[16] In an earlier work combining ground data from the EPSAT-Niger network and Meteosat data, Laurent et al. [1998] found that, over the region of Niamey, most of the intense rain events producing 80% of the annual rainfall were associated with large cloud clusters well identified from IR imagery. A more comprehensive study carried out by Mathon and Laurent [2001] on a 1989–1998 Meteosat data set has later shown that, for the period extending from July to mid-September (corresponding to the continental regime defined above), there is a region of maximum occurrences of mesoscale convective complexes (MCCs), defined following the criteria of Maddox [1980]. This region is precisely centered on 11–13°N, spreading in longitude between 10°W and 15°E (Figure 7). According to Laing et al. [1999], these MCCs produce 22% of Sahelian rainfall. This proportion is not sufficiently large to account for the year-to-year variability of Sahelian rainfall. Mathon and Laurent [2001], on the other hand, have shown that long-lived Mesoscale Convective Systems (MCSs) defined at 233 K account for 60% of the Sahelian deep convective coverage at 213 K. In their study, MCSs are defined as cloud clusters larger than 5000 km2 at the 233 K temperature threshold and long-lived MCS are those lasting for more than 24 hours. During the period of the continental regime, the total number of MCSs recorded over the box shown in Figure 7 is a little less than 20000 for the years 1990–1999. As may be seen from Figure 8, a very small number of this total population accounts for most of the cloud coverage. In fact, 80% of the total cloud coverage at 233 K is produced by the 240 largest systems, that is little more than 12% of the MCSs. The minimum size of these 240 largest MCSs is greater than 50,000 km2. They include 23 MCCs. In order to quantify the rainfall produced by these large systems, only those which covered at least 80% of the 16,000 km2 EPSAT-Niger study area were retained. Since the rain gauges of the EPSAT-Niger network record 5-minute rainfalls, it is possible to compute precisely the rain produced by each system during its passage over the study area. The calculation synthesized in Figure 9 gave the following results: (1) the largest 12% of the systems produce 93% of the July–September (JAS) rainfall in this part of the Sahel with an average event rainfall of 14.7 mm and (2) the MCCs (that are all included in the largest 12% of the systems) represent only 1% of the total number of systems, producing 20% of the JAS rainfall. Figure 9 is very close to the statistic of Laing et al. [1999], given that the period and area considered for their calculation is significantly different from those of Mathon and Laurent [2001]. This also confirms that, even though MCCs are by far the most rain efficient systems, producing on average 19 mm per event, they account for a relatively small share of the JAS rainfall because they are few in number.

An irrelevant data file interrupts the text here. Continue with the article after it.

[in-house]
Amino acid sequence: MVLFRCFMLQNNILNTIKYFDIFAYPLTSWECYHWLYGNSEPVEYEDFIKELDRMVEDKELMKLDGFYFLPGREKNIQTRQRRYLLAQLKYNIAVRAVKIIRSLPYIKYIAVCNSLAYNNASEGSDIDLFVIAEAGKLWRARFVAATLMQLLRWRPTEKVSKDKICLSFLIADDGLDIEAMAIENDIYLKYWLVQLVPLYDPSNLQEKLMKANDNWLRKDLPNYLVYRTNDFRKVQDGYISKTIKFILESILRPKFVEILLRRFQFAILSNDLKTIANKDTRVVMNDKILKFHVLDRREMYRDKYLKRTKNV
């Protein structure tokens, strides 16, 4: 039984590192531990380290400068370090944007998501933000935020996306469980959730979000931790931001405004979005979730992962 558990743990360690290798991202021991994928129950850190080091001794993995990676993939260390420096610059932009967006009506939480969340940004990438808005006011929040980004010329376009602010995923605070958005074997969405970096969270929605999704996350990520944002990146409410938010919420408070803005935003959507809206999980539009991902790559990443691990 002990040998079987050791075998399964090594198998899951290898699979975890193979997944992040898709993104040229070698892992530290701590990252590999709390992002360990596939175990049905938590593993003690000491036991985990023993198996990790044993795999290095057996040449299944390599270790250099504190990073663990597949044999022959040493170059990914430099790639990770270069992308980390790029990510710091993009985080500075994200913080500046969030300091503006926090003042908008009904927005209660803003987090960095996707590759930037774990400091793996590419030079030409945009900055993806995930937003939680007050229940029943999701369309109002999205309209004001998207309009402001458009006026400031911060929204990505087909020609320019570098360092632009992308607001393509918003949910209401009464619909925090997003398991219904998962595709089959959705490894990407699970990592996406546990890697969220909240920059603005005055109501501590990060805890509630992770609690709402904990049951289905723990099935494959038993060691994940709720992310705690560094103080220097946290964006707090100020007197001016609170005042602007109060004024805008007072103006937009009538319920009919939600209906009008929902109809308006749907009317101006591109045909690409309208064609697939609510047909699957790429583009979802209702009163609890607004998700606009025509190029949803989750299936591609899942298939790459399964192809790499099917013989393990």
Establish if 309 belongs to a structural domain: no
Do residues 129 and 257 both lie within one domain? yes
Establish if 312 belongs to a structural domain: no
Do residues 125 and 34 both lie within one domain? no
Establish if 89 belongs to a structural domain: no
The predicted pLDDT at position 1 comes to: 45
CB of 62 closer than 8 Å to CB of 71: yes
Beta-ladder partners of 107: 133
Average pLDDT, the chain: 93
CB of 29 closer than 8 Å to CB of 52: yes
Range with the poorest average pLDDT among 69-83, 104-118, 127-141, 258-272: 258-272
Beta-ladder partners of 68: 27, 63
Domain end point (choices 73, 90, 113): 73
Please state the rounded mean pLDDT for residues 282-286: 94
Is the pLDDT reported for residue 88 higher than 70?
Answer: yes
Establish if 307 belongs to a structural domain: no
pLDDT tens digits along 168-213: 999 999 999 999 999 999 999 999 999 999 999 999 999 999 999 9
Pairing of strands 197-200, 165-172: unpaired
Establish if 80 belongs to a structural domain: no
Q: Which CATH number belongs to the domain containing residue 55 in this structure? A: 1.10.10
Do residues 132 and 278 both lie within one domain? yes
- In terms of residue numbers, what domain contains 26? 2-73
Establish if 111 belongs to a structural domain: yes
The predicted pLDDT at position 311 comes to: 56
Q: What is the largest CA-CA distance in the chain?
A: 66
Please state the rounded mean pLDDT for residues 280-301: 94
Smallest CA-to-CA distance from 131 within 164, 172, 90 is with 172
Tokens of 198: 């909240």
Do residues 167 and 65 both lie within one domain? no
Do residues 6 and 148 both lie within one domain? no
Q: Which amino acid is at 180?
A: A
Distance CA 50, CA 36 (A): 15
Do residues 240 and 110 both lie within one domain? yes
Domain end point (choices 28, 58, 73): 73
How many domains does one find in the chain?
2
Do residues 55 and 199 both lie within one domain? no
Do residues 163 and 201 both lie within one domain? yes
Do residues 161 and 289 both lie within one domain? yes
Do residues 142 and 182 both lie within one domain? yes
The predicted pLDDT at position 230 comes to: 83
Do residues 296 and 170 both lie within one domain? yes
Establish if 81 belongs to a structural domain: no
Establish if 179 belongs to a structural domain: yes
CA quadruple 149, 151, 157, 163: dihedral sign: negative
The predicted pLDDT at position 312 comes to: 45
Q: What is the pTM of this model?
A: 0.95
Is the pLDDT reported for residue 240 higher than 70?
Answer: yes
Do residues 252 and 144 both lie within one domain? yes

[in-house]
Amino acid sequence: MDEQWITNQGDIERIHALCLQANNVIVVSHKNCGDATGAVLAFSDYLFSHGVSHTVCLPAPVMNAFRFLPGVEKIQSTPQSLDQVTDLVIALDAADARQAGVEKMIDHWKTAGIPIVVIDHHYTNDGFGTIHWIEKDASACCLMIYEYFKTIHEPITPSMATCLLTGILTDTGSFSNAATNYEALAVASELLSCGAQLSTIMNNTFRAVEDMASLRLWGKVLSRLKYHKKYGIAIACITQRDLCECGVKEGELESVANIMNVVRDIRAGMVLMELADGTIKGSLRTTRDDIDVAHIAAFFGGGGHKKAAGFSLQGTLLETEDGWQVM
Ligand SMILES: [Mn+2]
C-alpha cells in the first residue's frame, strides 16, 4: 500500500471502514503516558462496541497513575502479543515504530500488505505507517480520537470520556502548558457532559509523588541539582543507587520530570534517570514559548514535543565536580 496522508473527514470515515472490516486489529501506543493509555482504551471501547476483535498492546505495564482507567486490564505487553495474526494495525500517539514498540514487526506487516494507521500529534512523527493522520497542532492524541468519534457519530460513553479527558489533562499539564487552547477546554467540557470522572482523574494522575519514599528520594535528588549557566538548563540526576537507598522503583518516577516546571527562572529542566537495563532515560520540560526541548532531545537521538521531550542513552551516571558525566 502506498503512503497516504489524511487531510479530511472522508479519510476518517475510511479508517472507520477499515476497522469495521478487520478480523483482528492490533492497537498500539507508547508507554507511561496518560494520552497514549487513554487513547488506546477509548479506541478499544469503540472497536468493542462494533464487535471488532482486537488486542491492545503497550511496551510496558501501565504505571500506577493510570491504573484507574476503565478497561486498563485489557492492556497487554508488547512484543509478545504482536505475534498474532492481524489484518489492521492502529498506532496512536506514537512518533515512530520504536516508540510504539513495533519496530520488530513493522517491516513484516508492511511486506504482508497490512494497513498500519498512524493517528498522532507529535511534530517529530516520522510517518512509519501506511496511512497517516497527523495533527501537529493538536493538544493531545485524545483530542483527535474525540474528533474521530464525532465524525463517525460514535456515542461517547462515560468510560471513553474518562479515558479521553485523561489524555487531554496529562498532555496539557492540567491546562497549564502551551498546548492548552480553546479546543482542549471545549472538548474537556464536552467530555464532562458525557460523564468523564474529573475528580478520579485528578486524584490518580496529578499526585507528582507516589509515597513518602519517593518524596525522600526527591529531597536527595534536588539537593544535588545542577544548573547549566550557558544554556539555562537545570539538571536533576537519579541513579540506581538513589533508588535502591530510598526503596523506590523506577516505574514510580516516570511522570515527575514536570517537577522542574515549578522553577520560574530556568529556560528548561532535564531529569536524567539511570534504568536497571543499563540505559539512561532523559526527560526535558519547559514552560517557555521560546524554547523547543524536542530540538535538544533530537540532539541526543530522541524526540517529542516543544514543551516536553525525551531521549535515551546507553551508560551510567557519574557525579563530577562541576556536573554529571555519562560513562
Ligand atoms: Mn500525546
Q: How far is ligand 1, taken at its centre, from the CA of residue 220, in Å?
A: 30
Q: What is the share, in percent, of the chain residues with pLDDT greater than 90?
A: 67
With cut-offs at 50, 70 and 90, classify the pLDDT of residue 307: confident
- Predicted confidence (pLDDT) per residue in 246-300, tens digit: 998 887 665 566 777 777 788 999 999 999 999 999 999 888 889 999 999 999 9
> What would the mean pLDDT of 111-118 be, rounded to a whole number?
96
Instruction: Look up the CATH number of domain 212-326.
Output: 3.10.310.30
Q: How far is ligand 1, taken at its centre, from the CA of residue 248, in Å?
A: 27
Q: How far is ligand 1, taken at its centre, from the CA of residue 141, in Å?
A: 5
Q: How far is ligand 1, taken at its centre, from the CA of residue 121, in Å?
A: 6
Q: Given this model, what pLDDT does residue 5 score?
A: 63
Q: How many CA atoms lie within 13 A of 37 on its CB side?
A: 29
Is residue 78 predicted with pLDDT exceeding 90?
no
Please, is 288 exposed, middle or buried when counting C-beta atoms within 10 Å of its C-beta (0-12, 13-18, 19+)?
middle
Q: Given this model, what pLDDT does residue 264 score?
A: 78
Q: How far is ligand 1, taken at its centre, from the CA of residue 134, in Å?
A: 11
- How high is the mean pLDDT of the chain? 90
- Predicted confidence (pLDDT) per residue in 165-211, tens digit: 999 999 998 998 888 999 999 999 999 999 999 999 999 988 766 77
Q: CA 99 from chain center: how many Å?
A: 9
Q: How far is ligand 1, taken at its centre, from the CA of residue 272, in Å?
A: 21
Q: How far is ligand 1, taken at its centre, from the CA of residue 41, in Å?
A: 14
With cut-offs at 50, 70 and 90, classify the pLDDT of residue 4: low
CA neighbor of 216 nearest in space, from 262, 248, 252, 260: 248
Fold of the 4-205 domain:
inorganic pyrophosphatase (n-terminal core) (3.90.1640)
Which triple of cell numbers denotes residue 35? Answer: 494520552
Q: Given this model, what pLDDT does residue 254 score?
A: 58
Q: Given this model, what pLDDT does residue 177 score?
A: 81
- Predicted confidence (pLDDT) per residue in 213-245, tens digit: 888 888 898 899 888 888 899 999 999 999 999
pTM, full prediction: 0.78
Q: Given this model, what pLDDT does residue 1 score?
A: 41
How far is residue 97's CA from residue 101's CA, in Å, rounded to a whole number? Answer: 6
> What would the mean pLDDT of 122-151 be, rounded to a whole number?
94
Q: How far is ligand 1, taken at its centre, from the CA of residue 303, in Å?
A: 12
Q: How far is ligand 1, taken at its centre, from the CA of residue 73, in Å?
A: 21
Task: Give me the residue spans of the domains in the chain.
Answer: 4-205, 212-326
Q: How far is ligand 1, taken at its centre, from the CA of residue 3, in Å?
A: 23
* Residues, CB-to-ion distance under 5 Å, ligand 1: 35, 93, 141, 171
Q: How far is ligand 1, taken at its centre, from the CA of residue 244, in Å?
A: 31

Figure 8.

Cumulative distribution function of the cloud cover at 233K computed over JAS for the period 1990–1999.

Figure 9.

Proportion of the rainfall associated with the continental regime that is produced by the largest convective systems. These systems are producing 93% of the rainfall recorded over the EPSAT-Niger study area (16, 000 km2), while they represent only 12% of the total number of MCSs observed over the region (statistics computed over the years 1989–1999 for the period 1 July to 15 September).

[17] Since the subpopulation of MCCs is too small for climatological analysis, it is necessary to select a larger population of MCSs, objectively defined, that account for a more significant share of the JAS rainfall. A detailed analysis of the most efficient systems in our sample revealed that they all include at least one 213 K cluster, imbedded in a larger 233 K cluster and lasting for more than 3 hours. It was further found that by selecting among these systems those moving at a speed greater than 10 ms−1 when passing over the ground validation area, we obtained a subpopulation of rain efficient systems very similar to the subpopulation of the largest 12% of the systems selected in Figure 7. It similarly accounts for more than 90% of the JAS rainfall in the region of Niamey. Based on these two criteria, 213 K clusters lasting for more than 3 hours and ground speeds larger than 10 ms−1, it is possible to objectively count the number of rain efficient systems passing over the ground validation area each year. This opens the way for relating this number to the JAS rainfall for a given year, as will be seen in section 5.

4.3. Synoptic Weather Systems